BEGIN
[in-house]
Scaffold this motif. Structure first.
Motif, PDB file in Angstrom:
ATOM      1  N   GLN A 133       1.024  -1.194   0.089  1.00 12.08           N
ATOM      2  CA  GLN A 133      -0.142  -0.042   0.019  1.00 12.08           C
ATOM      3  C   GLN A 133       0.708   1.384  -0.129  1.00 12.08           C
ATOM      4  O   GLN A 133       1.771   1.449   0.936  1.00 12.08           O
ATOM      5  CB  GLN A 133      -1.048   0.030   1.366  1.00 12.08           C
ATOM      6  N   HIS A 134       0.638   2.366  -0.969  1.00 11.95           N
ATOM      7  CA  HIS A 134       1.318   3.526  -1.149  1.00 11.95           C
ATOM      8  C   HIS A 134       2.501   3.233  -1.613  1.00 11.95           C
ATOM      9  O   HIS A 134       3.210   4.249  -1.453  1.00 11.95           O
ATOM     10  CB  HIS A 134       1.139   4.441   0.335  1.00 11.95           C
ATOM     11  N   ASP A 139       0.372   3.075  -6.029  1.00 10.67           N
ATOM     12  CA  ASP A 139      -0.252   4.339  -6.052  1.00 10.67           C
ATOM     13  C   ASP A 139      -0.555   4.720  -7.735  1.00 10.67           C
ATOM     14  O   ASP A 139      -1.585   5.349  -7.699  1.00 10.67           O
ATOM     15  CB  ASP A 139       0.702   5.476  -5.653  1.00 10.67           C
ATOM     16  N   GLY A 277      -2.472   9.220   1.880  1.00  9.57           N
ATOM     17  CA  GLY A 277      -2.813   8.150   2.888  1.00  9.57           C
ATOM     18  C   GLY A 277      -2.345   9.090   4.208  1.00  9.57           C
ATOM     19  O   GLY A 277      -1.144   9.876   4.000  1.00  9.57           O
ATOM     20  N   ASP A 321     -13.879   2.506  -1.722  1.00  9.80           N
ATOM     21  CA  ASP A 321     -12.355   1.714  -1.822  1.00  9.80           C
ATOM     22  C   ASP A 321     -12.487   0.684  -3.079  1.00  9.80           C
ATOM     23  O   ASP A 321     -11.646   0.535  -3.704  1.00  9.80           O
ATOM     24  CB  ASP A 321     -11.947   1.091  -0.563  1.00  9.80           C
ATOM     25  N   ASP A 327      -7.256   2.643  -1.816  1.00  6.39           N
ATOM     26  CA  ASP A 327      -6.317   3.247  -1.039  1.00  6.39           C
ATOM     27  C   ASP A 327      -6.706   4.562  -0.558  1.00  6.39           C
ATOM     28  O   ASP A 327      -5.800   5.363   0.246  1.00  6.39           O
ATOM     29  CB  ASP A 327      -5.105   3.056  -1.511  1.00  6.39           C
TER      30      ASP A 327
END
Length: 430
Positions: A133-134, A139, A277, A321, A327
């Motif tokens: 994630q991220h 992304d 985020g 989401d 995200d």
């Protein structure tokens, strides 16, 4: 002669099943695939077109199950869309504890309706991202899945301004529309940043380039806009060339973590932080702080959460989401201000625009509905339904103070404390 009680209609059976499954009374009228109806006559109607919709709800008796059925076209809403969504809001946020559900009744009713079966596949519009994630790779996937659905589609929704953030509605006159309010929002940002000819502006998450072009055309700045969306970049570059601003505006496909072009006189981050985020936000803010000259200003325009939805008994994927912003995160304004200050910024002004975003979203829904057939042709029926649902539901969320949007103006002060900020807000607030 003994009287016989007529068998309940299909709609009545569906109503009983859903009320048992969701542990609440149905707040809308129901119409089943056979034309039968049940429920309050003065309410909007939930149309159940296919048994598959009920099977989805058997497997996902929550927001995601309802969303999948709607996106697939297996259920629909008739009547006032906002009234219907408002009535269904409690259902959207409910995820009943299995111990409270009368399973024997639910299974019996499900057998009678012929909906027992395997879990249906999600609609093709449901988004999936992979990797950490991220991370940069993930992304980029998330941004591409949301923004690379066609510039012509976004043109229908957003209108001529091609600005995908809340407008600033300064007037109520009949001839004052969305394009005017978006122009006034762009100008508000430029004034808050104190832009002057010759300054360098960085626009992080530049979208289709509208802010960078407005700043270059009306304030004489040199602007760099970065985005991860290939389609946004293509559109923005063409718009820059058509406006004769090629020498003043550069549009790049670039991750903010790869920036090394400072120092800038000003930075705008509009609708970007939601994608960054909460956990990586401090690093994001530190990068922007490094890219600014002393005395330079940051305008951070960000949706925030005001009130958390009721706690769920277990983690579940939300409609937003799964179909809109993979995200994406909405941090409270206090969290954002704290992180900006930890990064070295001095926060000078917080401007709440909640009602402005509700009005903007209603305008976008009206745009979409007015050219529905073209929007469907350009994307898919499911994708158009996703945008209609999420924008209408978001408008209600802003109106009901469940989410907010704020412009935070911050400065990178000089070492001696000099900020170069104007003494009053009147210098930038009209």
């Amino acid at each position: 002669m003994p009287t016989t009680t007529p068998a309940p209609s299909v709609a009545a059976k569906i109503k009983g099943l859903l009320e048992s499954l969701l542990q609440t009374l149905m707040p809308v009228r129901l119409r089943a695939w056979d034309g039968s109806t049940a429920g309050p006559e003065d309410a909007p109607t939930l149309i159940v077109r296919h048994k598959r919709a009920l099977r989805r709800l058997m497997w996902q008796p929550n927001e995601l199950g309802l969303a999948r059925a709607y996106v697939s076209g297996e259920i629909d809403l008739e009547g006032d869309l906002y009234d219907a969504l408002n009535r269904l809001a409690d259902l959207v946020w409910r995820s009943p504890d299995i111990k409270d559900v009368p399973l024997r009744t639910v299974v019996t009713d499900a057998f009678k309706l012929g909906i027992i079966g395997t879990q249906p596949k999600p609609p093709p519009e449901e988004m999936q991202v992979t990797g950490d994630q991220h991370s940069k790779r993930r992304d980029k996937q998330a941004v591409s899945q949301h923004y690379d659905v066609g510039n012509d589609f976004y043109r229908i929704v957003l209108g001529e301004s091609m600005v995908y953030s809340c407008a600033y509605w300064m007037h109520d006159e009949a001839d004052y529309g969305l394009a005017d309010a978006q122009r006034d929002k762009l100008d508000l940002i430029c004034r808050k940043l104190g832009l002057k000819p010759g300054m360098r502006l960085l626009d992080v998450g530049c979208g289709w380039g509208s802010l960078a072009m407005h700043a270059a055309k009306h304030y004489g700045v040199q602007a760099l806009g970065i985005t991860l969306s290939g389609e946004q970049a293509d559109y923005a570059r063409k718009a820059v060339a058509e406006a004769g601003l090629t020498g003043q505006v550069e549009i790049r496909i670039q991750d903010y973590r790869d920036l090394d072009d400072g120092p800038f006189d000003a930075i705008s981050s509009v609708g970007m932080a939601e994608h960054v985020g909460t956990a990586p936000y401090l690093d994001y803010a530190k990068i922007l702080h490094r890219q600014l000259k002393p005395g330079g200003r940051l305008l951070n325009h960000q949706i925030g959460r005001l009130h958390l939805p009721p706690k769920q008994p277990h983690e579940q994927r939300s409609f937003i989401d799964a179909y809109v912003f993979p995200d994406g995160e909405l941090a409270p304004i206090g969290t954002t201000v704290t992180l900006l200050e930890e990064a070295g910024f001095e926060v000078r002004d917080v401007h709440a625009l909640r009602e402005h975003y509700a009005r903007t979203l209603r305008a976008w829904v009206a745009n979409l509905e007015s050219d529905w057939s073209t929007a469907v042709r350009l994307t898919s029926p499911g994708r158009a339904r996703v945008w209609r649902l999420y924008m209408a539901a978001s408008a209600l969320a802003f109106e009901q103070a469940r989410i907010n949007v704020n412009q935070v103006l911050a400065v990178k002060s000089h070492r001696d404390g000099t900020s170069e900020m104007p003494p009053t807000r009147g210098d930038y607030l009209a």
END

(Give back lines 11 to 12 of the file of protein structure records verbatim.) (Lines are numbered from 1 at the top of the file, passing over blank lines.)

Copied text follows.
ATOM      8  C   HIS A 134       2.501   3.233  -1.613  1.00 11.95           C
ATOM      9  O   HIS A 134       3.210   4.249  -1.453  1.00 11.95           O